Not offended rawdata as I was not suggesting that what Oman was displaying was grand architecture, but it is not the gawdawful chrome and glass plastic monstrosities of other Gulf cities. I HATE them. And I have to say that in the 3 different places in Oman that I lived, there was not one building that displayed the problems you mention... which you can also find in downtown Abu Dhabi - that odd exterior plumbing thing. The world is full of shoddy construction. Laughing

It is actually the same reason that I like Washington DC, there is a building height limit. In Oman, I like that there is a law restricting what color your place can be painted. (white to shades of beige pretty much) Do they still enforce the law that air conditioners must be covered on the outside? Like everywhere, there are good and bad neighborhoods and rules are probably enforced better in Muscat than in the small villages.

JMHO, of course...

VS
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lollaerd



Joined: 03 Jul 2009
Posts: 337

PostPosted: Fri Jan 22, 2010 6:48 am    Post subject: They haven't finiished yet Reply with quote

More than half of the towers are half empty.
High rents, no takers.

Ezdan to build Asia Towers

Source ::: THE PENINSULA

DOHA: Qatar’s biggest property developer by market value, Ezdan Real Estate Company, has joined force with Qatar General Insurance and Reinsurance Company and Al Sarri Trading Company for the Asia Towers project, which has an estimated cost of QR2.5bn ($686.5m).

Ezdan Real Estate Company will own 32.5 percent of the project, while Qatar General Insurance and Reinsurance Company and Al Sarri Trading Company will each own 33.75 percent. Asia Towers, one of the largest real estate projects in Qatar this year, is slated for completion in three years. The development will see four residential towers built on a 30,000 square metre plot of land in Doha’s West Bay area. Each of the four towers will be 55 floors high with 1,600 residential units, and will have a built-up area of about 560,000 square metres. The project will also include commercial and entertainment facilities as well as hotel apartments.

Ezdan Real Estate Chairman, Sheikh Thani bin Abdullah Al Thani, and Sheikh Nasser bin Ali bin Saud Al Thani, the Chairman of Qatar General Insurance and Reinsurance Company (QGIRC), who is also Chairman of the board of Al Sarri Trading Company, signed the partnership agreement here yesterday. Sheikh Thani bin Abdullah told a news conference yesterday that the project would contribute to the overall economic growth of the country and will boost the Qatari real estate sector.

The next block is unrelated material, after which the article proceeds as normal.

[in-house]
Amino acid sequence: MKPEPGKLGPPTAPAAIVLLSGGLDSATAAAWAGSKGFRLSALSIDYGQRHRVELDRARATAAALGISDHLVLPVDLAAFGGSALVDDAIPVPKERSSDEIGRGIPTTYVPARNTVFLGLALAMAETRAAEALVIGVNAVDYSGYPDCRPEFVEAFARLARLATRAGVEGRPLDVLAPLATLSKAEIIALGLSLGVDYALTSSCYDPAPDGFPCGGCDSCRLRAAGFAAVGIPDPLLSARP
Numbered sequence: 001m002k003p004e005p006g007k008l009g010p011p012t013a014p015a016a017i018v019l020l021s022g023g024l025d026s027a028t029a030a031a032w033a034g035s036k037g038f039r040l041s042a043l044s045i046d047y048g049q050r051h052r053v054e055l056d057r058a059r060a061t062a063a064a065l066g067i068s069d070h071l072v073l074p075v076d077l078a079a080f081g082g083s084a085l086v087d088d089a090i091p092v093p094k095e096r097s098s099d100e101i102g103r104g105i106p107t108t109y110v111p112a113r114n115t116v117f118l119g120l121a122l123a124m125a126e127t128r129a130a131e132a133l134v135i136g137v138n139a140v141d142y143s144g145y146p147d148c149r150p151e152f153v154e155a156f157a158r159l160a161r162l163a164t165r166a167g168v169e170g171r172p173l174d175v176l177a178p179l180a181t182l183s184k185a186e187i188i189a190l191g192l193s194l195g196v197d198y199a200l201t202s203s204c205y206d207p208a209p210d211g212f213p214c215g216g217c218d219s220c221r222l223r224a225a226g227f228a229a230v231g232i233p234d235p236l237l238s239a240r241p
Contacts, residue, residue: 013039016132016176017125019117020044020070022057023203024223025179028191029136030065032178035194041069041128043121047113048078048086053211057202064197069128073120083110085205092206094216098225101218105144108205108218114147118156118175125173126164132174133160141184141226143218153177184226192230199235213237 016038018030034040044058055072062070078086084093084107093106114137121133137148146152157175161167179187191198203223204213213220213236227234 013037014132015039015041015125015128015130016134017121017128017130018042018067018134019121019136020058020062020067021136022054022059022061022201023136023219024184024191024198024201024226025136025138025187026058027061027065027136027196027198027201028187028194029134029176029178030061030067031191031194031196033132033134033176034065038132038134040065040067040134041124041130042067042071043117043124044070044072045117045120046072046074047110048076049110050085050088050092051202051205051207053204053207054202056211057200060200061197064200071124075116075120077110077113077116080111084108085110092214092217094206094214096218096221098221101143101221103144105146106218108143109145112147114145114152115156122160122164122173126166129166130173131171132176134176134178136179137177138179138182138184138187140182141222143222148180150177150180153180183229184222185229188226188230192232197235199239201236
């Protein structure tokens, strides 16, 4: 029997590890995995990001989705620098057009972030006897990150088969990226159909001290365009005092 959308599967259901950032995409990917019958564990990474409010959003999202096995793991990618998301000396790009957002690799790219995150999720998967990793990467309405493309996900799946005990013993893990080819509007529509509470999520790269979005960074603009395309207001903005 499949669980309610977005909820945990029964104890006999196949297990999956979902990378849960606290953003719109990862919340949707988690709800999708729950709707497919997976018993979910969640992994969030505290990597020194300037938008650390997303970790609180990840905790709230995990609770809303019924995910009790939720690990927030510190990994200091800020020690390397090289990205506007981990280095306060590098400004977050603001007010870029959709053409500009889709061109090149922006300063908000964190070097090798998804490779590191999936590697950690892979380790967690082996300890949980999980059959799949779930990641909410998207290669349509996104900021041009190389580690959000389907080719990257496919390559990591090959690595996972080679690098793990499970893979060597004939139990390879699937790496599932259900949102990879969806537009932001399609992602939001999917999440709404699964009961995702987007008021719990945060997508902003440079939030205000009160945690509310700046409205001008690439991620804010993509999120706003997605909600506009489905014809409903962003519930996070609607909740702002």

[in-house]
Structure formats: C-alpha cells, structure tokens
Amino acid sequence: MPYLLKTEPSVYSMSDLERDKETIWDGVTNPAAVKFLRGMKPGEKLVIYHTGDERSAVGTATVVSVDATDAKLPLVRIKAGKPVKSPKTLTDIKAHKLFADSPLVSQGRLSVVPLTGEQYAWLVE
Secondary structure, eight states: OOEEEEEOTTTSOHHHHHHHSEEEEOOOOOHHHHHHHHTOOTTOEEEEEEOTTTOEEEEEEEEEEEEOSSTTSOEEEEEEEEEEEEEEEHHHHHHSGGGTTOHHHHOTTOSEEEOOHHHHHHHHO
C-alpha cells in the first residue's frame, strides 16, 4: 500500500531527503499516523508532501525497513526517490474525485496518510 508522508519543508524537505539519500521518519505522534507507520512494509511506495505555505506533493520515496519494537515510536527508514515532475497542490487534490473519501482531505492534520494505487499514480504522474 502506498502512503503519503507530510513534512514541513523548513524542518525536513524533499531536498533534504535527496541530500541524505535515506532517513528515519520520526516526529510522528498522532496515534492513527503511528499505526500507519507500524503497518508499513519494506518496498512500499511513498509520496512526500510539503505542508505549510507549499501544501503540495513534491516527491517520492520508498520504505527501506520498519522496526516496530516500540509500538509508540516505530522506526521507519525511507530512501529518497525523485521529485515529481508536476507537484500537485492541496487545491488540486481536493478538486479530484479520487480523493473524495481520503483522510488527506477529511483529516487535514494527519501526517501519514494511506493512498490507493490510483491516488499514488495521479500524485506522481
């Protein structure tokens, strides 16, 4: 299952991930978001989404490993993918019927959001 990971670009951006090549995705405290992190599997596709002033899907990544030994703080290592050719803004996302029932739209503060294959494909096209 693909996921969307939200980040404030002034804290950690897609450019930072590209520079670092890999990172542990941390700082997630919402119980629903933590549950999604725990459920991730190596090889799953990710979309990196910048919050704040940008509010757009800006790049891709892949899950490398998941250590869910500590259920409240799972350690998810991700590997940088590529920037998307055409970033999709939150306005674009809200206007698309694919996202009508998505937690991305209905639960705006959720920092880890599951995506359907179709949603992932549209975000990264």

This project, he said, was a launching pad for other future projects that would be developed by Ezdan, which has a wealth of experience in the real estate sector, including Ezdan hotel towers, which were designed to host major events and conferences in the country.

He said the number of residential units owned by Ezdan was equivalent to, if not more than, the residential units available in hotels in Doha. Qatar’s real estate sector had continued to maintain a reasonable growth rate and had managed to steer clear of the challenges posed by the global financial crisis, he noted. Sheikh Thani bin Abdullah said the financing for the project would be done through loans from local and regional banks, adding that the venture was seeking funding sources and that talks being held to this effect with local banks were positive and were expected to be finalised soon. Sheikh Nasser bin Ali, who also addressed the news conference, said the partnership agreement was the beginning of a strategic alliance with Ezdan and underscored the excellent prospects for the country’s real estate sector’s growth and sustainability.
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lollaerd



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PostPosted: Thu Jan 28, 2010 12:09 pm    Post subject: The Master Plan Reply with quote